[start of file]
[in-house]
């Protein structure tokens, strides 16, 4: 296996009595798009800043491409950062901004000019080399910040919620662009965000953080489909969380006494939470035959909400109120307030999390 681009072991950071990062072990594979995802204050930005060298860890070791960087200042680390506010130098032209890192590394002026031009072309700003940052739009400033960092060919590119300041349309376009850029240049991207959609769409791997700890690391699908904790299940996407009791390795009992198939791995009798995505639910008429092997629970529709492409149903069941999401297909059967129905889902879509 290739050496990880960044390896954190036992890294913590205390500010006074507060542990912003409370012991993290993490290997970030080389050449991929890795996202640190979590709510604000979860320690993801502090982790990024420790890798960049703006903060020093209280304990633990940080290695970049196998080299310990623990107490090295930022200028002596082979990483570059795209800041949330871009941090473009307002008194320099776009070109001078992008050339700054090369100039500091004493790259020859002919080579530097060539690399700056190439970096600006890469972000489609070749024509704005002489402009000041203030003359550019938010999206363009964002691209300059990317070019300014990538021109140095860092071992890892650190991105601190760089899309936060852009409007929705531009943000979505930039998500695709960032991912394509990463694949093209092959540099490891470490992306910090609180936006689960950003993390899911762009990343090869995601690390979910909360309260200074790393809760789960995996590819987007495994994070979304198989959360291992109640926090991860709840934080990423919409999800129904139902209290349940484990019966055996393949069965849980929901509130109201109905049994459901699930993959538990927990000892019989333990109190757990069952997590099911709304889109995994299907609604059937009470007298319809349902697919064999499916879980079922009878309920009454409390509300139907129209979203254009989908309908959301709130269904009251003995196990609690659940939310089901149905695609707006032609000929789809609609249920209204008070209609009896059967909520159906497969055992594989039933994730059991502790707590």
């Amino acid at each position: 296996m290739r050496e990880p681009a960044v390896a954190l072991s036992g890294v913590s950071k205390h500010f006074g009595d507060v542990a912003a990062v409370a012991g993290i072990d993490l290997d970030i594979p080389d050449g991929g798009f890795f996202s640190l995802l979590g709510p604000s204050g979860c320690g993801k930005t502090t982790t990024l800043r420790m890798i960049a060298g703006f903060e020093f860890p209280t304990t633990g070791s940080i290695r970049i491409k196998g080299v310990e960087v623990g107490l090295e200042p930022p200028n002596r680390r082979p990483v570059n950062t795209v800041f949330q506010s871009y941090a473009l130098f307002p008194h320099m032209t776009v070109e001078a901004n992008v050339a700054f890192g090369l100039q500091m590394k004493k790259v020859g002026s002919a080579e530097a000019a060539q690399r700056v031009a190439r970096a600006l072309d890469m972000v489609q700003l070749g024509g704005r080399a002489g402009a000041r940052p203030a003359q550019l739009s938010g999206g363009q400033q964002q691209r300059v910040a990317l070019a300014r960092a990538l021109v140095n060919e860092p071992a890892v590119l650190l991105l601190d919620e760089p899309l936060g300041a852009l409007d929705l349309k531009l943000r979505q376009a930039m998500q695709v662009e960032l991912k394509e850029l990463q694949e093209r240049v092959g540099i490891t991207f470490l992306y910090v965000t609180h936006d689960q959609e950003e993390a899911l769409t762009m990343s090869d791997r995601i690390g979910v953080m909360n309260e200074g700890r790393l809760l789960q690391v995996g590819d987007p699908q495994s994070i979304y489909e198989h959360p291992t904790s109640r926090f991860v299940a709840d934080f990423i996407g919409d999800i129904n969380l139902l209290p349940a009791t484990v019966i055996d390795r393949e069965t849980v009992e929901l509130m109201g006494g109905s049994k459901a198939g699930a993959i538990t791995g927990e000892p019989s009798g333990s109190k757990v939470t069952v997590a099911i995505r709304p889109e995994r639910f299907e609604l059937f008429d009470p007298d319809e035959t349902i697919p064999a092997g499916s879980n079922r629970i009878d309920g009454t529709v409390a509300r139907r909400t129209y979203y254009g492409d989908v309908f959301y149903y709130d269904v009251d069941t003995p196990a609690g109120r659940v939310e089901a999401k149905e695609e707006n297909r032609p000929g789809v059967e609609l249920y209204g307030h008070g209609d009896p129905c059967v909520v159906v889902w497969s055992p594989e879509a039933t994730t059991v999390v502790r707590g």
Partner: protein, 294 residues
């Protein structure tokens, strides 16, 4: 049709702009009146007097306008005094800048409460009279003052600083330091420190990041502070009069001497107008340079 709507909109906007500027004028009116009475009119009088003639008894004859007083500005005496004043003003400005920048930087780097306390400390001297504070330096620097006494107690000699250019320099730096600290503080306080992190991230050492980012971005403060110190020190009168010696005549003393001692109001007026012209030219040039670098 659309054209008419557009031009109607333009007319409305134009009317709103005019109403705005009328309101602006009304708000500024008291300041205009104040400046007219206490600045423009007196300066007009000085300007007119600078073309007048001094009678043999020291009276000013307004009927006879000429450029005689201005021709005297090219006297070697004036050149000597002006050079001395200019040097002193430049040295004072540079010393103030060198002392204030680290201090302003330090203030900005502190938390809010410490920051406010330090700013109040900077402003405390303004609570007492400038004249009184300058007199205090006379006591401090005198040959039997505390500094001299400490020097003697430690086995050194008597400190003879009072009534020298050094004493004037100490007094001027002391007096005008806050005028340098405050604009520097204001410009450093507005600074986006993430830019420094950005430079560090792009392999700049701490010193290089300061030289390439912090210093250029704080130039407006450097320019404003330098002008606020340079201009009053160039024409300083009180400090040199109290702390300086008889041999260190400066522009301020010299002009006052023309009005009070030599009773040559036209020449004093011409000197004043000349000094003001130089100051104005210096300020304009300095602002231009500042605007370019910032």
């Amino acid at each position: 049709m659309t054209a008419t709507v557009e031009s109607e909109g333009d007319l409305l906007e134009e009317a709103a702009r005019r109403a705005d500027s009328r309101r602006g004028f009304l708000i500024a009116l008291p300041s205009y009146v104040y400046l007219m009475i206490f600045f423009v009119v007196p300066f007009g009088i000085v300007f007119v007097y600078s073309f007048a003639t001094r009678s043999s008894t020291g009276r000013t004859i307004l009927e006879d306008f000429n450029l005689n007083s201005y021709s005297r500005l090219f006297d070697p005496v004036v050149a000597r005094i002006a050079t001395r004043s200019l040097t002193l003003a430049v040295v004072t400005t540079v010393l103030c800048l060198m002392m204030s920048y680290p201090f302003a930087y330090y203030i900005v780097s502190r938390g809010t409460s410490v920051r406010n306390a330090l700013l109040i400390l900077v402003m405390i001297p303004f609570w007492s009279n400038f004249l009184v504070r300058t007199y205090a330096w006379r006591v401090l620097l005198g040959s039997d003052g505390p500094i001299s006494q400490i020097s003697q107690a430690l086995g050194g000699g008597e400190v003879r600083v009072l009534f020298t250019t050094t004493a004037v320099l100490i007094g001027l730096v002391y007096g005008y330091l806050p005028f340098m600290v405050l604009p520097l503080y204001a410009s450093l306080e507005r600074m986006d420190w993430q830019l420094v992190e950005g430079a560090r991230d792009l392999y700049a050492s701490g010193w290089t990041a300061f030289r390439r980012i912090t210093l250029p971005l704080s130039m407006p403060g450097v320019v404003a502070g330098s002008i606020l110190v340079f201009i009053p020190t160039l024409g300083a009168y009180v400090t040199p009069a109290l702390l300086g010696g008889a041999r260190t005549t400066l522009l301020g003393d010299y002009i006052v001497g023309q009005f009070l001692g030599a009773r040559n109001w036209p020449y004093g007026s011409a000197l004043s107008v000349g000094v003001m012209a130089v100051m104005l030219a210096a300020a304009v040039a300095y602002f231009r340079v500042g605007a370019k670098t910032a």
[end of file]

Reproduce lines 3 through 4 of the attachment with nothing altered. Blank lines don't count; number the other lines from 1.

């Amino acid at each position: 296996m290739r050496e990880p681009a960044v390896a954190l072991s036992g890294v913590s950071k205390h500010f006074g009595d507060v542990a912003a990062v409370a012991g993290i072990d993490l290997d970030i594979p080389d050449g991929g798009f890795f996202s640190l995802l979590g709510p604000s204050g979860c320690g993801k930005t502090t982790t990024l800043r420790m890798i960049a060298g703006f903060e020093f860890p209280t304990t633990g070791s940080i290695r970049i491409k196998g080299v310990e960087v623990g107490l090295e200042p930022p200028n002596r680390r082979p990483v570059n950062t795209v800041f949330q506010s871009y941090a473009l130098f307002p008194h320099m032209t776009v070109e001078a901004n992008v050339a700054f890192g090369l100039q500091m590394k004493k790259v020859g002026s002919a080579e530097a000019a060539q690399r700056v031009a190439r970096a600006l072309d890469m972000v489609q700003l070749g024509g704005r080399a002489g402009a000041r940052p203030a003359q550019l739009s938010g999206g363009q400033q964002q691209r300059v910040a990317l070019a300014r960092a990538l021109v140095n060919e860092p071992a890892v590119l650190l991105l601190d919620e760089p899309l936060g300041a852009l409007d929705l349309k531009l943000r979505q376009a930039m998500q695709v662009e960032l991912k394509e850029l990463q694949e093209r240049v092959g540099i490891t991207f470490l992306y910090v965000t609180h936006d689960q959609e950003e993390a899911l769409t762009m990343s090869d791997r995601i690390g979910v953080m909360n309260e200074g700890r790393l809760l789960q690391v995996g590819d987007p699908q495994s994070i979304y489909e198989h959360p291992t904790s109640r926090f991860v299940a709840d934080f990423i996407g919409d999800i129904n969380l139902l209290p349940a009791t484990v019966i055996d390795r393949e069965t849980v009992e929901l509130m109201g006494g109905s049994k459901a198939g699930a993959i538990t791995g927990e000892p019989s009798g333990s109190k757990v939470t069952v997590a099911i995505r709304p889109e995994r639910f299907e609604l059937f008429d009470p007298d319809e035959t349902i697919p064999a092997g499916s879980n079922r629970i009878d309920g009454t529709v409390a509300r139907r909400t129209y979203y254009g492409d989908v309908f959301y149903y709130d269904v009251d069941t003995p196990a609690g109120r659940v939310e089901a999401k149905e695609e707006n297909r032609p000929g789809v059967e609609l249920y209204g307030h008070g209609d009896p129905c059967v909520v159906v889902w497969s055992p594989e879509a039933t994730t059991v999390v502790r707590g």
Partner: protein, 294 residues